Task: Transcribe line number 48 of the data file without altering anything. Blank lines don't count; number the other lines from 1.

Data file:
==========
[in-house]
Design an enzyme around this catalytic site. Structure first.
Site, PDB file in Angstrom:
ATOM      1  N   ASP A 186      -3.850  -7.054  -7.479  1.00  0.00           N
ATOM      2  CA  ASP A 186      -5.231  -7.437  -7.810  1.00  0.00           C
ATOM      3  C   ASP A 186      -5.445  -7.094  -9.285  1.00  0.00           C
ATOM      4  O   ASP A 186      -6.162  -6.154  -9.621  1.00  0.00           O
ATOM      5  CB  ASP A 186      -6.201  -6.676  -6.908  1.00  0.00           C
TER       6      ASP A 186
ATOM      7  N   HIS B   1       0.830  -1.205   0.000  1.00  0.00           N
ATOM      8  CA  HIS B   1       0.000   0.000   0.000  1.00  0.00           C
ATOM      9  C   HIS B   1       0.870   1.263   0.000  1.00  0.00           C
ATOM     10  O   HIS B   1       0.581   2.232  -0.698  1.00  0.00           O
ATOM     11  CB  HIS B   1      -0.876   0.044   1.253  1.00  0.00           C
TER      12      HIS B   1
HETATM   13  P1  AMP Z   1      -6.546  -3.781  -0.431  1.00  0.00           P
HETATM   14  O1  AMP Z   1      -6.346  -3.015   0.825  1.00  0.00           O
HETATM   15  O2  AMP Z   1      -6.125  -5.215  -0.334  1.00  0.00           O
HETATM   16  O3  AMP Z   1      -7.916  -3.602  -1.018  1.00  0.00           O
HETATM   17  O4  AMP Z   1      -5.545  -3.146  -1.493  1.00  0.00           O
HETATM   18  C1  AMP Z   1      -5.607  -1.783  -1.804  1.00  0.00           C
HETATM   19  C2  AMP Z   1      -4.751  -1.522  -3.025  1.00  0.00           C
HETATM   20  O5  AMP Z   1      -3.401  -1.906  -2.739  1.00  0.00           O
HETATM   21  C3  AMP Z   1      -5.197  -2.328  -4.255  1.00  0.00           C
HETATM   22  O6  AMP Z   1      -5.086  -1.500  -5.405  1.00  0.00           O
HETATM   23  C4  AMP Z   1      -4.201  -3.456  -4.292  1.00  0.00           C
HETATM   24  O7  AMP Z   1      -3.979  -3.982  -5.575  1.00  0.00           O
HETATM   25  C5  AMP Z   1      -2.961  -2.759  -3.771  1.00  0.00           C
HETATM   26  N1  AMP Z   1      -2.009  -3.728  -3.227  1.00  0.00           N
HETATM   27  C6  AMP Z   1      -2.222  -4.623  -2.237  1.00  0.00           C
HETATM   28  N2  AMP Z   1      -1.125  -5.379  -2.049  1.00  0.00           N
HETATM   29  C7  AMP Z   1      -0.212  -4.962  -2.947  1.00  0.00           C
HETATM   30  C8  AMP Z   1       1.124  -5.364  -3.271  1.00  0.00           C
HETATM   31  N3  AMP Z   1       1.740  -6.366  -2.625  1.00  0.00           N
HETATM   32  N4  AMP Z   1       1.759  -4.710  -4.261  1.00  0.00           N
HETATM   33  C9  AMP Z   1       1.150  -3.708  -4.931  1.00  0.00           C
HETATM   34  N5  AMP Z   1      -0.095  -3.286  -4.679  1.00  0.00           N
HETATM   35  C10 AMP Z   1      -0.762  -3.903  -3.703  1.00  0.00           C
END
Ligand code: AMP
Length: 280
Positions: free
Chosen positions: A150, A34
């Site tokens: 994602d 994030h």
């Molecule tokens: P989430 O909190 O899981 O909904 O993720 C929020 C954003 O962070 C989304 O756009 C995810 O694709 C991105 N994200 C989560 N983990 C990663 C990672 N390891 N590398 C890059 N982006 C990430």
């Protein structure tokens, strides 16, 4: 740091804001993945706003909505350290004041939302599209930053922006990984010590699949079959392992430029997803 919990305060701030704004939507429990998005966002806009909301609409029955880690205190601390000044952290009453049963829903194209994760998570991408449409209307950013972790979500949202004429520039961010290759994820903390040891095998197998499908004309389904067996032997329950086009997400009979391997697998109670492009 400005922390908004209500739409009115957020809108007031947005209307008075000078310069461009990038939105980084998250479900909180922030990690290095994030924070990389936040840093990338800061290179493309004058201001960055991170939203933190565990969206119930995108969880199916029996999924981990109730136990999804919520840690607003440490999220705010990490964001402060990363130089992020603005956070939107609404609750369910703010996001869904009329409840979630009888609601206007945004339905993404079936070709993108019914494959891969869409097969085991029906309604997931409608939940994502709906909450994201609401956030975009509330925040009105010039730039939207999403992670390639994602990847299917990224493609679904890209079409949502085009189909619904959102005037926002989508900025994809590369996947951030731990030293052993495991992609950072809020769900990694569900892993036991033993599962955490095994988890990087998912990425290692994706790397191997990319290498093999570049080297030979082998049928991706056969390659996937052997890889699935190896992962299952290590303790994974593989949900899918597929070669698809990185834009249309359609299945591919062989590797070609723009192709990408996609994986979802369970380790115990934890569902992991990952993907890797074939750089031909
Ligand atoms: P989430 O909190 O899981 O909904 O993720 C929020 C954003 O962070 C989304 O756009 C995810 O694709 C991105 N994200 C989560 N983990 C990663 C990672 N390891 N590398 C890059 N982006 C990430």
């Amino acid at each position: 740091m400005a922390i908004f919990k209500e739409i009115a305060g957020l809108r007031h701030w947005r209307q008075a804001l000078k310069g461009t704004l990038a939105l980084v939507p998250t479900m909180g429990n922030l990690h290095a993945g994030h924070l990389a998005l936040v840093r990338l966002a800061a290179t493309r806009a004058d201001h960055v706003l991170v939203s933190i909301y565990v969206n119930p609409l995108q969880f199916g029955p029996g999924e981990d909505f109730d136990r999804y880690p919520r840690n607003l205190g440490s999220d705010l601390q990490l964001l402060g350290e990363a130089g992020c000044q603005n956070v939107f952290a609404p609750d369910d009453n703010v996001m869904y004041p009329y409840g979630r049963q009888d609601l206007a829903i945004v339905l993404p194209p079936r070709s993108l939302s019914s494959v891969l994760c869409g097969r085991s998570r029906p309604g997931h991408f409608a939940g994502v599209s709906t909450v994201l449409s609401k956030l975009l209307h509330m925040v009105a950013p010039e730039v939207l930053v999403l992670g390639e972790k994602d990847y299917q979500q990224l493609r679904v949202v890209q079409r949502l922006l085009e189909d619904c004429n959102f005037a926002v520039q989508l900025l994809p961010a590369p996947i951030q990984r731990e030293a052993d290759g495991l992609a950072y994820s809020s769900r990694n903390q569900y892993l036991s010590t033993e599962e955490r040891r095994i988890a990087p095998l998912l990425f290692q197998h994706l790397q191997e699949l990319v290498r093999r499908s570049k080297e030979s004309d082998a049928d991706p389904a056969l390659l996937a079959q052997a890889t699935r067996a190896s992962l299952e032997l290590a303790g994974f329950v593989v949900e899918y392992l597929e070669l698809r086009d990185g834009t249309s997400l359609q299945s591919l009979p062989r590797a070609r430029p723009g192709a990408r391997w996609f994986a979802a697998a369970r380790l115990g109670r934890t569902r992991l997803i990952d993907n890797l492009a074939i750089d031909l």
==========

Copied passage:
């Amino acid at each position: 740091m400005a922390i908004f919990k209500e739409i009115a305060g957020l809108r007031h701030w947005r209307q008075a804001l000078k310069g461009t704004l990038a939105l980084v939507p998250t479900m909180g429990n922030l990690h290095a993945g994030h924070l990389a998005l936040v840093r990338l966002a800061a290179t493309r806009a004058d201001h960055v706003l991170v939203s933190i909301y565990v969206n119930p609409l995108q969880f199916g029955p029996g999924e981990d909505f109730d136990r999804y880690p919520r840690n607003l205190g440490s999220d705010l601390q990490l964001l402060g350290e990363a130089g992020c000044q603005n956070v939107f952290a609404p609750d369910d009453n703010v996001m869904y004041p009329y409840g979630r049963q009888d609601l206007a829903i945004v339905l993404p194209p079936r070709s993108l939302s019914s494959v891969l994760c869409g097969r085991s998570r029906p309604g997931h991408f409608a939940g994502v599209s709906t909450v994201l449409s609401k956030l975009l209307h509330m925040v009105a950013p010039e730039v939207l930053v999403l992670g390639e972790k994602d990847y299917q979500q990224l493609r679904v949202v890209q079409r949502l922006l085009e189909d619904c004429n959102f005037a926002v520039q989508l900025l994809p961010a590369p996947i951030q990984r731990e030293a052993d290759g495991l992609a950072y994820s809020s769900r990694n903390q569900y892993l036991s010590t033993e599962e955490r040891r095994i988890a990087p095998l998912l990425f290692q197998h994706l790397q191997e699949l990319v290498r093999r499908s570049k080297e030979s004309d082998a049928d991706p389904a056969l390659l996937a079959q052997a890889t699935r067996a190896s992962l299952e032997l290590a303790g994974f329950v593989v949900e899918y392992l597929e070669l698809r086009d990185g834009t249309s997400l359609q299945s591919l009979p062989r590797a070609r430029p723009g192709a990408r391997w996609f994986a979802a697998a369970r380790l115990g109670r934890t569902r992991l997803i990952d993907n890797l492009a074939i750089d031909l």